Change Music Atlanta
Atlanta, GA • June 16-18, 2000
The first band up was Ted’s house band, Bitch. With Charlie Starr of Buffalo Nickel sitting in on vocals, they belted out a great set of hard and heavy southern rock, covering everything from AC/DC to KISS to Motörhead. This is the South, after all, and they paid homage to it like nobody’s business.
Up next was Dropsonic, a band that was great the first time I saw them months back, and seems to have gotten ever greater in the short time that’s passed. Lead singer Dan Dixon, dressed in jeans and a button down checkerboard shirt, face adorned with horn rimmed glasses, coupled with a boyish charm, leaves you completely unprepared for the rock attack that follows. His on stage presence is eccentric and raw, over the top and back down again. Drummer Brian Hunter hammered and pounded with heart and zest like the last man standing, adding to an already generous helping of rock and roll. It would be easy to call this college rock, but the punk influence of the Clash and solid way of Zeppelin that emanates in the undercurrents could easily blow most bands out of the water before they even got their feet wet.
Unfortunately, I made the mistake of leaving before their set was finished to check out Subsonics at the Echo Lounge. Bad, bad call. If you imagine the Cramps and Sex Pistols, minus every ounce of stage, lyrical, and musical talent, the result would be Subsonics. This band is a three part nightmare; a drummer that stands, mechanically drubbing out boring, forgettable, migraine inducing noise, a bass player that looks more like the poster child for JUST SAY NO to too much makeup and shiny plastic clothes, and a lead vocalist/guitarist that whines, howls, and plays barefoot for lack of anything more interesting to do. There songs are confusing and remarkably similar, and I think it was punk influenced, but couldn’t decipher because of the slow painful water torture drone of that damned drum beat. If you like your bands lo-cal, this is a band to catch — they are completely talent free.
The second night of the conference was great. Began again at 9 Lives with the Blacklight Posterboys. These guys are still putting on one of the funnest shows in town. Massive pop appeal with solid rock to back it, they give you the best of both worlds. Guitarist Mark Dannells is one of the best in the city, playing hard and heavy with a huge shot of charisma, and a chest-burning chaser of natural talent. The place was still shaking when I left for East Atlanta for the best nightcap of them all.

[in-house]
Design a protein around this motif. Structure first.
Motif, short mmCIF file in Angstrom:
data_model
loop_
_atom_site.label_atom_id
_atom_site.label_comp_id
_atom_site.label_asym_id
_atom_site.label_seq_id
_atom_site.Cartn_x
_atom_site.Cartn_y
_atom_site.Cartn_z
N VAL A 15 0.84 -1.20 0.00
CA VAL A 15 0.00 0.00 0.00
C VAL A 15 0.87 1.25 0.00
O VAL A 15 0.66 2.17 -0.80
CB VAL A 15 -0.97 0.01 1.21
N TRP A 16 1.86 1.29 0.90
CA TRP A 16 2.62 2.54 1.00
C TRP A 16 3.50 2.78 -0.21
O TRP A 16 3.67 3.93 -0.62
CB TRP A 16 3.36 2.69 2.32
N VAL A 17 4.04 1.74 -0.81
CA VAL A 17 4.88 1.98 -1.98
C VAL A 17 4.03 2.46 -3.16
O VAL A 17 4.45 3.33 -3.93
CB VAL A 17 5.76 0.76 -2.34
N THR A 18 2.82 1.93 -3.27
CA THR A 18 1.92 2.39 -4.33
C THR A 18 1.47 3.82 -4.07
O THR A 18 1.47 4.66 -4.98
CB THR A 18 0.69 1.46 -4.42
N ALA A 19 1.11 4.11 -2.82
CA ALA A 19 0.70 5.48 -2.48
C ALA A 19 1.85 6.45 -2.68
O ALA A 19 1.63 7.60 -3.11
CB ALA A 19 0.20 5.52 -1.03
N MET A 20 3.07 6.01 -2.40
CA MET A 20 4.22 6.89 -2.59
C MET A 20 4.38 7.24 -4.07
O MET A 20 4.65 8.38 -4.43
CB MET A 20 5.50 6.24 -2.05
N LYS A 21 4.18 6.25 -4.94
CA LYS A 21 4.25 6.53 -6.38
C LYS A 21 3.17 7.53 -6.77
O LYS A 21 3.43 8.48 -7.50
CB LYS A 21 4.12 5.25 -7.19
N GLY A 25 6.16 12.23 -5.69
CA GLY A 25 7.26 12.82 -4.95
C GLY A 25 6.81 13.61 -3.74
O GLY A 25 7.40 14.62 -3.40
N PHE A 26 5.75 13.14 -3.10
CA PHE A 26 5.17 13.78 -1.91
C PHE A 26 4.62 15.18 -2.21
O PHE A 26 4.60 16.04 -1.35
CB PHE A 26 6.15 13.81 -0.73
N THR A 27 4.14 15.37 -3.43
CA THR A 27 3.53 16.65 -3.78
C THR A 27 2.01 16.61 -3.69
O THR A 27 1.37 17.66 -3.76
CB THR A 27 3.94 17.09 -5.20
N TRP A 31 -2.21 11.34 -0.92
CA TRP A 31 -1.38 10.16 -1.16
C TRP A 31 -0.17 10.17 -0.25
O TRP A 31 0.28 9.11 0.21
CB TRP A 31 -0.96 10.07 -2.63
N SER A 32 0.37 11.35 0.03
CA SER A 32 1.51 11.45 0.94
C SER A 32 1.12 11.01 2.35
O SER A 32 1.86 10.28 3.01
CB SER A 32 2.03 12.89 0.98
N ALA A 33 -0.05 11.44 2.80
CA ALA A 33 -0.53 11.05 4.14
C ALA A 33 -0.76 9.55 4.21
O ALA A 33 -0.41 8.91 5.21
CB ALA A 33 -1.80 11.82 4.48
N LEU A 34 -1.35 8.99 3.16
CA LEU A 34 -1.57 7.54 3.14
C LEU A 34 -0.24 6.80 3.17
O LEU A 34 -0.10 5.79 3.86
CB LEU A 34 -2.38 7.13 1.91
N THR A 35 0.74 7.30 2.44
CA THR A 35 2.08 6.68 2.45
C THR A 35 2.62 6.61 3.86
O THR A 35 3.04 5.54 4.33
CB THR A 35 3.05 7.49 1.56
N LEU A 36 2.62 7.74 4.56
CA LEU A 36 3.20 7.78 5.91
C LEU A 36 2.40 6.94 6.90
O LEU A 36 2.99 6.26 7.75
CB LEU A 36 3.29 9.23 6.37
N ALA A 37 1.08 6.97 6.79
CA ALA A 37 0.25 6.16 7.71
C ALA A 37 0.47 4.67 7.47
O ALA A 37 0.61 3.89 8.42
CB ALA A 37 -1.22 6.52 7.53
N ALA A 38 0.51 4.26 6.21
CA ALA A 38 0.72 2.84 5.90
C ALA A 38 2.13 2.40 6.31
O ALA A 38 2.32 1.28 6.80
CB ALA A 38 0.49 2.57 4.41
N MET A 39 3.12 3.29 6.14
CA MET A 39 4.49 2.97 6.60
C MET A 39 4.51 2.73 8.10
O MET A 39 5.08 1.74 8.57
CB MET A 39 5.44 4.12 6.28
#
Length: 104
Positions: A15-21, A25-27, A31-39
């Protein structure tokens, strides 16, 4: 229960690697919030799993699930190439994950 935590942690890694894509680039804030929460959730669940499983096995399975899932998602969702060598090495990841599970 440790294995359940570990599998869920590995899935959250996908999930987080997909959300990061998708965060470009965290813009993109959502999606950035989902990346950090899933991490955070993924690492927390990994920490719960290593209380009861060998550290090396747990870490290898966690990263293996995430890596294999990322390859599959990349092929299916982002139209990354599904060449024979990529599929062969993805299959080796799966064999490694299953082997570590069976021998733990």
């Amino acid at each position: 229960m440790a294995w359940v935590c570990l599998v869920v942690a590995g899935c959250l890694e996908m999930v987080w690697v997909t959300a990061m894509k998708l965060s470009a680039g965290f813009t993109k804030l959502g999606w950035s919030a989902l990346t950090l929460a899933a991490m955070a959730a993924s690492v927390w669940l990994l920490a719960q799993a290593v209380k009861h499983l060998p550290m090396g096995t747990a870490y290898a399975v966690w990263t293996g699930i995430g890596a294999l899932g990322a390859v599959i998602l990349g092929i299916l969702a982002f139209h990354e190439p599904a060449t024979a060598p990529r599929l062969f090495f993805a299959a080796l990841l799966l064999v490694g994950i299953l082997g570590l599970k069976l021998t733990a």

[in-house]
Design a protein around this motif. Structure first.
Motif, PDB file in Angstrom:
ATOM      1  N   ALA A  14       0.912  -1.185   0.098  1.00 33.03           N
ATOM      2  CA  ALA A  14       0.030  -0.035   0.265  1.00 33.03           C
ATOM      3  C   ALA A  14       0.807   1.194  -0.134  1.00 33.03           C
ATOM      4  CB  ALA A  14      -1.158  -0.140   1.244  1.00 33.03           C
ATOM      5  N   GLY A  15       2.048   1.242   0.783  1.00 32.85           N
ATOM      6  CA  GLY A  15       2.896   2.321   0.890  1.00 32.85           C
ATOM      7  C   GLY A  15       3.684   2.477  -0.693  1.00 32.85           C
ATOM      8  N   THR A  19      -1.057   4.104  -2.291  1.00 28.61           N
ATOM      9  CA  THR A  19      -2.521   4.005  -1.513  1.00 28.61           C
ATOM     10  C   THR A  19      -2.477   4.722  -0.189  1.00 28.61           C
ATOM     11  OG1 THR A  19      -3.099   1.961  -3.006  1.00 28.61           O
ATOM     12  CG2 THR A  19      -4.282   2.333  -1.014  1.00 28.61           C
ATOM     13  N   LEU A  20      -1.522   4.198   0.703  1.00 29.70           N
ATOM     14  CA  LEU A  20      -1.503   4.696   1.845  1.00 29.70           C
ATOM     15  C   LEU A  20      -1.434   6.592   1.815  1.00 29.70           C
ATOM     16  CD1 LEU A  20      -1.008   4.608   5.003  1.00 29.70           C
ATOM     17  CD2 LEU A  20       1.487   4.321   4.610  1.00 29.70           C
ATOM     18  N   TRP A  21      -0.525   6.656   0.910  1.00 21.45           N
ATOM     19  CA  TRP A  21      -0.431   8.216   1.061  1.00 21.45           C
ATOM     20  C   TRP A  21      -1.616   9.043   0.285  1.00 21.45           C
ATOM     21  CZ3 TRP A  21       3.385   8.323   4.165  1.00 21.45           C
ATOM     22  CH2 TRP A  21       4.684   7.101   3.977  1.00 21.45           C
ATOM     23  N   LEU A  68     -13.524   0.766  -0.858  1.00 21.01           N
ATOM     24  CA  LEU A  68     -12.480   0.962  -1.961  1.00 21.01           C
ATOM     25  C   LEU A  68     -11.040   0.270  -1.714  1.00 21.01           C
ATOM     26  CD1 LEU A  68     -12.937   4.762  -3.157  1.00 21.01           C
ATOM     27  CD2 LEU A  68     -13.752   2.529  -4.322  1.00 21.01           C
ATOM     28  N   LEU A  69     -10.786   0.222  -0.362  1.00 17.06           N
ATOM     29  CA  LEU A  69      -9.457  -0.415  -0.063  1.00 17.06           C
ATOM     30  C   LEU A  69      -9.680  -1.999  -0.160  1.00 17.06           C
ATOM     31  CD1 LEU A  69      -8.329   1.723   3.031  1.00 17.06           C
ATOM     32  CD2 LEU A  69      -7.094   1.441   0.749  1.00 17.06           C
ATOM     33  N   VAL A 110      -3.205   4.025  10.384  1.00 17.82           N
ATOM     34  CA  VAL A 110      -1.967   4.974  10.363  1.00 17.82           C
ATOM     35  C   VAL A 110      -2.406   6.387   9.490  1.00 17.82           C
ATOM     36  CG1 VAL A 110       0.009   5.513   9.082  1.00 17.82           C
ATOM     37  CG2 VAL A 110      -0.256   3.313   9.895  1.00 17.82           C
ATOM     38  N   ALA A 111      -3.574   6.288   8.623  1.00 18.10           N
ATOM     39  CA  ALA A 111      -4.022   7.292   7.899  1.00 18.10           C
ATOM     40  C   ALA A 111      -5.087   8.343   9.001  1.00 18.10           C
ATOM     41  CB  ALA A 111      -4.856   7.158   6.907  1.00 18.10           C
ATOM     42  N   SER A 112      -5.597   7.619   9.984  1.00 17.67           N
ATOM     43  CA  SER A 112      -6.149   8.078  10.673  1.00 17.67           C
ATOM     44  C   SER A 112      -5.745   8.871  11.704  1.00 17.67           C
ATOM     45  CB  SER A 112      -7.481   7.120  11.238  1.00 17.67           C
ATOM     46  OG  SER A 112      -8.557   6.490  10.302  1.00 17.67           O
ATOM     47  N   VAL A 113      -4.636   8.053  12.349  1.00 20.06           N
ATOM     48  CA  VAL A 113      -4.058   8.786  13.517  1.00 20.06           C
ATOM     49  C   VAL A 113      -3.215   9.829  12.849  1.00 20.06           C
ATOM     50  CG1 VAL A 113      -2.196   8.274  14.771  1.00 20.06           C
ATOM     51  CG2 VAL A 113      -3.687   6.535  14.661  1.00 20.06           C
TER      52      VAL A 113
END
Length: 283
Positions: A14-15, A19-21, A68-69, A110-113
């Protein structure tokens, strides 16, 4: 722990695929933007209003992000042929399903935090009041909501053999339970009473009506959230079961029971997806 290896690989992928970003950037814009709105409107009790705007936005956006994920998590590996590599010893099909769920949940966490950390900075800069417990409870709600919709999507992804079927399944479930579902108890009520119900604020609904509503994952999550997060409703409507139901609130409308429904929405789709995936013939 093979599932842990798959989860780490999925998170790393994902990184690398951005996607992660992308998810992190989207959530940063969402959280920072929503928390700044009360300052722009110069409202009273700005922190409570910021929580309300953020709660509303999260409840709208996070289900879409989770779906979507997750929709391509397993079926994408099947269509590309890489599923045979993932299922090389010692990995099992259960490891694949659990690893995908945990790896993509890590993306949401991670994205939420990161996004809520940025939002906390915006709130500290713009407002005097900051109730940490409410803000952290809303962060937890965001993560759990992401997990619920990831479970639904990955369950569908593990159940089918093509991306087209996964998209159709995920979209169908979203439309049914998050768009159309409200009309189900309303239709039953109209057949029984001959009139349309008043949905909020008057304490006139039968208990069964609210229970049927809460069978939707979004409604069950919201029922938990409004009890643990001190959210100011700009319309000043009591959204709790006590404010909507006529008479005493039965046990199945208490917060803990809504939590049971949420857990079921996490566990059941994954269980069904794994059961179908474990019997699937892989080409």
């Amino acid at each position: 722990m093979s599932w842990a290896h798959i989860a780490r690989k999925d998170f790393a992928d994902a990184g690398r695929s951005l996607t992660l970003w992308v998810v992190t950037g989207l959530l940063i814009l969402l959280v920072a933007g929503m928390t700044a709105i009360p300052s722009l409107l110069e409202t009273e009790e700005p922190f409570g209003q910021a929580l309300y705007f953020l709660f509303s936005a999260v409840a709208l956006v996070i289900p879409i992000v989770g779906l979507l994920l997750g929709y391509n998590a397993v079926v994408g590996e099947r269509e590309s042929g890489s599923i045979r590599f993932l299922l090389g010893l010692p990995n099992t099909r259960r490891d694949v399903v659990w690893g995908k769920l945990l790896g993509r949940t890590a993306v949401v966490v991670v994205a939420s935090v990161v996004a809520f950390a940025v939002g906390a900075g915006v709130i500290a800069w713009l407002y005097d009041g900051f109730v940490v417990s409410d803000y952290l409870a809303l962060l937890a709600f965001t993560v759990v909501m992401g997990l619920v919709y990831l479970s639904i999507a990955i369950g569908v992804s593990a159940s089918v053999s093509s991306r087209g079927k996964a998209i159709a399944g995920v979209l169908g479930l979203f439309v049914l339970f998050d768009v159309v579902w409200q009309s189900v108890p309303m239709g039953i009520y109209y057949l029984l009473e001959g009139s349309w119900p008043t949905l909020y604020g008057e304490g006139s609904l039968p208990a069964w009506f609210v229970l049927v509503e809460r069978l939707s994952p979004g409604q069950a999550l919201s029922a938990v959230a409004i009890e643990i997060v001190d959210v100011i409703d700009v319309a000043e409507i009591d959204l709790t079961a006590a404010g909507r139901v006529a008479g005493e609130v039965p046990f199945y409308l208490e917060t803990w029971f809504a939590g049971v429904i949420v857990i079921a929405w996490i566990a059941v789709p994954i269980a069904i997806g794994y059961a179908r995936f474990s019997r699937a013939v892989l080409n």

I have so many things to thank Frank Mullen for; after all it was he that introduced me to the wonderful world of Smithwick Machine. And once again, Frank, in all his Oz-like wisdom, steered me to a luscious slice of the hottest Humble Pie Heaven yet. The Delta 72 is an all-senses-assaulted band that lends you to the refreshing notion that Stoner Rock is alive and well and breathing sweet new life through lead vocalist/high jumper/and superman guitarist Gregg Foreman.
They rocked the Earl for an hour that didn’t last long enough, every song better than the last. I thought my head would explode from the sheer joy of seeing real rock and roll. The crowd screamed and cheered, loving every minute of it. This show gave me hope, because up until now, I honestly believed Smithwick Machine was the only band capable of pulling off such a thing. The Delta 72 is a knock you off your ass, sweep you off your feet, carry you home kicking and screaming because you want to ride one more time experience. Some bands have to grow on you, others become a part of your life, and due to the Delta 72, a big part of life just got a little bit better.